Dragging my cumbersome bags through Mo Chit bus station (confusingly named Chatuchak) searching for the elusive gate number 130, I found myself thinking I really am quite fried at present, and a week of relaxation and proper sleep is just what I need. All I had to do was endure the eight-hour bus ride from Bangkok, and I would have it.
I signed up for a yoga retreat – having wanted to try one for a while – in Phu Ruea, northeast Thailand. The region, Loei, boasts some impressive nature, as well as Thailand’s coldest temperatures. (In winter, these mountainous parts can drop as low as zero degrees). Luckily, I was still a month from experiencing that; cold weather and I just don’t get along. Moreover, rainy season just finished, so I assumed conditions would be perfect for my exhausted body and mind to get some much-needed rest.
I probably should have guessed from the ancient condition of the bus that achieving relaxation would be harder than I thought. Hustled on board in that curt, get-moving-you-stupid-farang Thai way I’ve come to know so well, I spent nearly twenty minutes trying to find my seat, receiving politely apathetic looks from passengers. No one reacted even when I smacked my head against the roof. Hmph, I thought bitterly, in Malaysia, people would have chuckled.
Eight hours of bumps, only one toilet stop, and gently coaxing my sleeping neighbour off my shoulder later, I arrived at Phu Ruea – not Kok Pho, where I asked to be released. My host somehow knew this would happen, and was able to deliver me to the retreat with no awkward delays.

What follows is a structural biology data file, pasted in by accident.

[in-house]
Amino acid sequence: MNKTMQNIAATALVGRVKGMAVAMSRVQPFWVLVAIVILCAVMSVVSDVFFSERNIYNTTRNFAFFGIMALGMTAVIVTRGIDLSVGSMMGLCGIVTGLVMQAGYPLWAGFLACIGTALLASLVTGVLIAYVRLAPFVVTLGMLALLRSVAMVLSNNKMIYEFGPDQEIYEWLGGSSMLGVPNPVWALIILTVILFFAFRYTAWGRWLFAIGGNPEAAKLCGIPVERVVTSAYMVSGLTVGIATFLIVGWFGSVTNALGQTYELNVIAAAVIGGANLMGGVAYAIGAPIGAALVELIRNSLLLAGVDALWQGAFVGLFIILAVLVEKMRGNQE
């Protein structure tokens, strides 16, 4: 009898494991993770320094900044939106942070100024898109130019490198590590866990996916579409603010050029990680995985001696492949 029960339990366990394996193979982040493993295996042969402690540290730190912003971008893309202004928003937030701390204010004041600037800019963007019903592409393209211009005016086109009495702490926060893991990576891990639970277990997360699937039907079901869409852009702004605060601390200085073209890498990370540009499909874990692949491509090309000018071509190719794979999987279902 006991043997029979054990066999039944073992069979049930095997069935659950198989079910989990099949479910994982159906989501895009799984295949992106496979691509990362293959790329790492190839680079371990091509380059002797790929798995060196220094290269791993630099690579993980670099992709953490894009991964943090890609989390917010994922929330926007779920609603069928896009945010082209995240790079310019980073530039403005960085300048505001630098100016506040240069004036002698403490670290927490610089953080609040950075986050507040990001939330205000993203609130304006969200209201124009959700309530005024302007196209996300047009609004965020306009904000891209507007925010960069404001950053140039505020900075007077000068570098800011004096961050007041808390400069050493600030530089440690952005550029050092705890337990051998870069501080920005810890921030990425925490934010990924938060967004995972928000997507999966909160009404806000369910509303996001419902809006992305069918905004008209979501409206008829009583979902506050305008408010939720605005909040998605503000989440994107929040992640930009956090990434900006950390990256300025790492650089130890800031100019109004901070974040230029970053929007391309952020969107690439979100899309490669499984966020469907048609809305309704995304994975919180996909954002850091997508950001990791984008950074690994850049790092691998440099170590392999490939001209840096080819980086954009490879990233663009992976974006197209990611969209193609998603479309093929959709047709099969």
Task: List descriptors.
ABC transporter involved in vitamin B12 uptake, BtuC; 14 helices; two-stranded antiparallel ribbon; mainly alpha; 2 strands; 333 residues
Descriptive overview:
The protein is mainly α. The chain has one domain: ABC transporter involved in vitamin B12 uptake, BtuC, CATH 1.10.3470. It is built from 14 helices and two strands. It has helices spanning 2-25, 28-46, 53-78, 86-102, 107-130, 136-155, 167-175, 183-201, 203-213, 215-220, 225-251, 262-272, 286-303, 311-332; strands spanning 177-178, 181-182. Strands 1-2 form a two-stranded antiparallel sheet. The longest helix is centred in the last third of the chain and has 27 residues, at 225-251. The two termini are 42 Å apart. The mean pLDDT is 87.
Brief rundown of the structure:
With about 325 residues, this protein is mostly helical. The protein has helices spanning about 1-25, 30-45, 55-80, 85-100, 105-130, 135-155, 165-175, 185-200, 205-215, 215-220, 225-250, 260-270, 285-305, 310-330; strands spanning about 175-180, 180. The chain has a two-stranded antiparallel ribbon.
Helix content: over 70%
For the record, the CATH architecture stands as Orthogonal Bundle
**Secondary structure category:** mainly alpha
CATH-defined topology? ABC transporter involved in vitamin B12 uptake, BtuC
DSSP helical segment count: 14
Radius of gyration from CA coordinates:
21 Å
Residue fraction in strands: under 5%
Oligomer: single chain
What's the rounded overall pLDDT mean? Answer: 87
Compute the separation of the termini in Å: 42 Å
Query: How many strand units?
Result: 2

Outside, the sky was pitch-black, and stars were glinting. My host helped me dump my things in the dorm, before navigating around the property and showing me the facilities. When we reached the bathrooms, she proceeded to explain that, in keeping with the retreat’s permaculture principles, visitors would be involved with recycling their own, erm, waste.
Say what, now?
The process reminded me of camping in the Northern Territory when I was a kid, though this was more of a professional set-up. In separate cubicles, visitors have large buckets for number one and two (the latter encased in a makeshift Western toilet box), a bottle of liquid charcoal, and a ceramic pot filled with leaves and sawdust shavings. Once you’ve done your business, hose everything with the charcoal, before covering up with a generous heaping of sawdust.
Then, when they start to fill up, buckets are carted away and emptied for the sake of creating natural compost. Many plants on the property benefit from the additional nitrogen that pee provides, particularly banana palms – think of that the next time you eat an organic banana. Moreover, new trees and shrubs thrive in this homemade compost mixed with sand, charcoal, and rice husks.
Once I got over handling human excrement when potting plants, I began to really appreciate the sustainable efforts made at this retreat. Here, organic waste makes the world go round, and nothing, in turn, is wasted. Goats are raised on the property – I saw two being born the other day – and provide milk for drinking, and droppings for compost. Fresh mushrooms are grown from shelves and picked for dinner each night. Heck – worm pee is collected in tanks and used as natural plant fodder. That’s dedication.
I’m glad permaculture proved such an important facet of my visit, because the yoga and meditation is lost on me. I’m starting to think I may be allergic to relaxation. Perhaps residents ought to find a way to recycle the calming energy that flows through this place, like they do with my pee. Then I’ll harness the ability to chant myself to sleep instead of cursing the pigeons nestled in the roof.